Pink RotapixieThe Rotapixie pattern is a little easier to cast than the Rotabunny and is flashier and has more UV reflection.  The Pink Rotapixie is my son, Padraic’s, favorite silver salmon fly and he does quite well with it.  For those who are offended by propellers, find propeller flies unpleasant to cast or don’t consider their use true fly fishing, the propeller and cone can be omitted from these flies to make the Pixie series, which are still my most effective non-propeller patterns (after all, they do still have the UV advantage). I tie and carry four color patterns of both Rotapixies and Pixies; again, pink is the best producer.  When I get tired of using heavy tackle and have caught a few fish on the Rotabunnies, I can switch to a six weight and comfortably throw Pixies with reasonable hope of success on lighter tackle.

RotaESLThe RotaESL (“Egg Sucking Leech”) fly is now an old standby that started my propeller fly collection and still takes fish. I carry only one color of this pattern (purple), although you might want to try others. I think the important aspect of this fly is that it has relatively little flash or UV and is dark and subtle.  In those rare instances where August salmon are too skittish to strike the gaudier Rotabunnies and Rotapixies, this fly comes into its own.  It is also an excellent Alaskan trout fly, so switching to the RotaESL when you want to catch fish but are beginning to lose hope that they will be salmon, makes sense.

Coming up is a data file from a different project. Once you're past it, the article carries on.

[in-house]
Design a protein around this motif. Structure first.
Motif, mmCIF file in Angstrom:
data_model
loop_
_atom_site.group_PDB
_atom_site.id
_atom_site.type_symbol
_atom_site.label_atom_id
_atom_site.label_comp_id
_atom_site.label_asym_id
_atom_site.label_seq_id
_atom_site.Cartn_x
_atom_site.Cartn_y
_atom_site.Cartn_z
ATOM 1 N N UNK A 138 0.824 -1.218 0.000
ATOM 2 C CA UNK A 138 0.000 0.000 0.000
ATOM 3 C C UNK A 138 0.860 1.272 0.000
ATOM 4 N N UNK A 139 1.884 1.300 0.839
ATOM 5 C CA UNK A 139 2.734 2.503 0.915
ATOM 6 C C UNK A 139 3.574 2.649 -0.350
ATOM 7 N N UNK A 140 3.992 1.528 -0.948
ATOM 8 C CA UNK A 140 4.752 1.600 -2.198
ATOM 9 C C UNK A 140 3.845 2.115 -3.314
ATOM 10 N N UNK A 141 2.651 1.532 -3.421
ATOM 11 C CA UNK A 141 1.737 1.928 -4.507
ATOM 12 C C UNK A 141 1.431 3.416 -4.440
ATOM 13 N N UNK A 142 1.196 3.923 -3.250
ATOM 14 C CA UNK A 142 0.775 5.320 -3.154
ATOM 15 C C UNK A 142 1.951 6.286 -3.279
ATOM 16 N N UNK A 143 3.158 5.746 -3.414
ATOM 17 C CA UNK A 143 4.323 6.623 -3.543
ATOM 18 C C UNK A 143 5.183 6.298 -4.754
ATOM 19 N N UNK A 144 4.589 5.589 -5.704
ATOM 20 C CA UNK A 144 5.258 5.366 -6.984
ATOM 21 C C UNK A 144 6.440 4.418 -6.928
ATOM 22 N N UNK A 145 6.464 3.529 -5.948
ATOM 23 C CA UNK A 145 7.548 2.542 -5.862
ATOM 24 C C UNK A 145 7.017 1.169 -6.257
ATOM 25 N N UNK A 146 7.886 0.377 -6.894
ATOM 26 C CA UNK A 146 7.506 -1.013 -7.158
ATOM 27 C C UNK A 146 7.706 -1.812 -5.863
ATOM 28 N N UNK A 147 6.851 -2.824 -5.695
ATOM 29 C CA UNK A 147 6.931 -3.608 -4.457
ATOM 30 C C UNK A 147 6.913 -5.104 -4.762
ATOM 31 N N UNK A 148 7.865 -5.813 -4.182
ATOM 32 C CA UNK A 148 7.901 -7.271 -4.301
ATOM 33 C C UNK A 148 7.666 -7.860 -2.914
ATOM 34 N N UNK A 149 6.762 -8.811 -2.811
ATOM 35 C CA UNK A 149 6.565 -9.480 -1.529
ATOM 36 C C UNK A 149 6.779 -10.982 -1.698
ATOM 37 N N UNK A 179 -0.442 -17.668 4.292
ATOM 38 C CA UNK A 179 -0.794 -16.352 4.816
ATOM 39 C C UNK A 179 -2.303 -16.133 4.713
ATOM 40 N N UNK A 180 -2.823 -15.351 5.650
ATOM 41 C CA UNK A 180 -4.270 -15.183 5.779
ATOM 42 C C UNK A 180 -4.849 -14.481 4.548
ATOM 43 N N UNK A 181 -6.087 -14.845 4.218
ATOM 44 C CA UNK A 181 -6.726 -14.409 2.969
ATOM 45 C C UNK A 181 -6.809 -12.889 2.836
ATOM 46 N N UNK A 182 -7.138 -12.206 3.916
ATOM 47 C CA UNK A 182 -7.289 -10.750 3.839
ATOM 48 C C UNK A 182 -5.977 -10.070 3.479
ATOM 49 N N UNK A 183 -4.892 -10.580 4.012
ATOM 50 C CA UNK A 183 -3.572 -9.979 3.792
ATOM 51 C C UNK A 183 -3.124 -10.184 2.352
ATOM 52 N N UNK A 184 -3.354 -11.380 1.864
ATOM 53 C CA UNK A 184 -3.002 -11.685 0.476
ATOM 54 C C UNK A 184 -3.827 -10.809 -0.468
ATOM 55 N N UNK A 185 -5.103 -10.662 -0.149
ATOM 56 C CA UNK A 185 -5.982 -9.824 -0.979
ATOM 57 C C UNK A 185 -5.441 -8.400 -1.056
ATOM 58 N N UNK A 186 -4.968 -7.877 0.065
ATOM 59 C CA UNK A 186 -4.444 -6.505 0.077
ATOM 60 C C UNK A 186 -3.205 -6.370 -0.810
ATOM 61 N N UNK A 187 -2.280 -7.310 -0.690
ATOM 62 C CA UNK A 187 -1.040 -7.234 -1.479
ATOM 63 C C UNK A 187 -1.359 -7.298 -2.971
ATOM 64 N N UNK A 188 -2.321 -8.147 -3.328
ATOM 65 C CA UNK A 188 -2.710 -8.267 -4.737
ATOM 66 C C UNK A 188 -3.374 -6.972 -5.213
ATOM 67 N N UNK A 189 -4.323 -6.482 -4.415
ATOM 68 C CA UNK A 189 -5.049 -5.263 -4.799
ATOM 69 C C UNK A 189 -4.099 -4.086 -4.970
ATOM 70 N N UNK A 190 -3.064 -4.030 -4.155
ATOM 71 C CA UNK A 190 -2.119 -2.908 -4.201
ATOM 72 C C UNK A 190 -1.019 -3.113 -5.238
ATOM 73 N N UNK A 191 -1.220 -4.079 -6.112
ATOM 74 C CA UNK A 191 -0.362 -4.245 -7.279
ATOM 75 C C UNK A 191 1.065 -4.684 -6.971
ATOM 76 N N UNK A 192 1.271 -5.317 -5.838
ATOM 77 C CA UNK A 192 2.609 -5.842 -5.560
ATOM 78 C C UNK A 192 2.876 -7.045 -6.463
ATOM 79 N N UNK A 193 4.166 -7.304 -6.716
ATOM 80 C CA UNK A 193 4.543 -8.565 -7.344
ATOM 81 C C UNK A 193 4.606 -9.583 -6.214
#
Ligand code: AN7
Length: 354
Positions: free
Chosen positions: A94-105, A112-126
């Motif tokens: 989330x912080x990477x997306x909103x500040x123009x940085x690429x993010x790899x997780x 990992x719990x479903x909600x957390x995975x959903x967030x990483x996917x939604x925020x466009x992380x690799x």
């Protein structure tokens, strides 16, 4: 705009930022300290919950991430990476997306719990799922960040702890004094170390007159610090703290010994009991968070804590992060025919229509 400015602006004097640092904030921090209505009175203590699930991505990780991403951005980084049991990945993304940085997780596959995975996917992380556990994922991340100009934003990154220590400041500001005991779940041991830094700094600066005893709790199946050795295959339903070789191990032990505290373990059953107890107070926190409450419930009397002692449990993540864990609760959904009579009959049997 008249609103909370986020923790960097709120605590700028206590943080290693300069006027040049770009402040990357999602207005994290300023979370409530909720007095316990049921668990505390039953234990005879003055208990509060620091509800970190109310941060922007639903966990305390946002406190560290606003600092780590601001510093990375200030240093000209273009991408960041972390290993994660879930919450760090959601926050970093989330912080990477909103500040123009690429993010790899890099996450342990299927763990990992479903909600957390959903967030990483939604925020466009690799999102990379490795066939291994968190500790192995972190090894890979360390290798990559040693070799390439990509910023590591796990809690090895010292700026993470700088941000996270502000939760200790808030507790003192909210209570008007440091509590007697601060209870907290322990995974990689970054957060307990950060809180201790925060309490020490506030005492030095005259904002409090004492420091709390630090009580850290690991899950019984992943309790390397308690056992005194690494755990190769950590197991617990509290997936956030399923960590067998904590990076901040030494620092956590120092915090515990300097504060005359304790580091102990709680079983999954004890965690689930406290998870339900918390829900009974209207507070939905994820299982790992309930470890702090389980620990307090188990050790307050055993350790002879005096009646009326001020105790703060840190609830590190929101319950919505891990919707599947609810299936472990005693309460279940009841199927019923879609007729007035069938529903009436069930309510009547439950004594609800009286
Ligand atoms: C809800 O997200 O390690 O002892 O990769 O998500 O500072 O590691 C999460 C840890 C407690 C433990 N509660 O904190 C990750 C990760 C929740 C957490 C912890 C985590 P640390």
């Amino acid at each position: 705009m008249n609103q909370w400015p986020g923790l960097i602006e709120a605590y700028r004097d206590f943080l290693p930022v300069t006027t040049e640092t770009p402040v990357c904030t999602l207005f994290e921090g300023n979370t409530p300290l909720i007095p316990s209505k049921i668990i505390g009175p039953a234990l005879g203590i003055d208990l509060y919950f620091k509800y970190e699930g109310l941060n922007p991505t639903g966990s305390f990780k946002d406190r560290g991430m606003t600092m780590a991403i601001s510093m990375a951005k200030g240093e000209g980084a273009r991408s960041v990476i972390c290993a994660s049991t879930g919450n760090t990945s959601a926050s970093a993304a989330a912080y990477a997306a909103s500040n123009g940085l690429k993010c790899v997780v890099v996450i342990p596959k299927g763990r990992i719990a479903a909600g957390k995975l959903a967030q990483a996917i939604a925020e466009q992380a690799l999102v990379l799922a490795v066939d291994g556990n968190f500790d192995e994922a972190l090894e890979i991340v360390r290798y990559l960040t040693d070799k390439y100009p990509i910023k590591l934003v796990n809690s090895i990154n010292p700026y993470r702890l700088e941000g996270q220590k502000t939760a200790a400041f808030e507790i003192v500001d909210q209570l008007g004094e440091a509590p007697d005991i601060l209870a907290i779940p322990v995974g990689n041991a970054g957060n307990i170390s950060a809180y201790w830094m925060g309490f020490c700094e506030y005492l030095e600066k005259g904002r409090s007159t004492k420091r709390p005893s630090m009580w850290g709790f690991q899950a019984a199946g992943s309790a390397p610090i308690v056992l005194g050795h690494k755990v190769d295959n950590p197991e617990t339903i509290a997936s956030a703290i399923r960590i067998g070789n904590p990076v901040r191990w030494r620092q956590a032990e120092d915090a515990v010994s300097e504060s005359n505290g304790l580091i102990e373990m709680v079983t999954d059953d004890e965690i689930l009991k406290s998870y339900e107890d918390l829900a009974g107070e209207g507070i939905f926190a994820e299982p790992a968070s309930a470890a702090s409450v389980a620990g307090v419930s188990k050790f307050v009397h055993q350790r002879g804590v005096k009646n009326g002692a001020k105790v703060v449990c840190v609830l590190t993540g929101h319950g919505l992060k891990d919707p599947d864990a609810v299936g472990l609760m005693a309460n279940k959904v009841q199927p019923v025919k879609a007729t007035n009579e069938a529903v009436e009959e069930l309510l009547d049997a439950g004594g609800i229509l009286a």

These three patterns with their color variations as well as several Pixies will fit comfortably into one medium fly box, simplifying my gear substantially while arming me well for August in Alaska.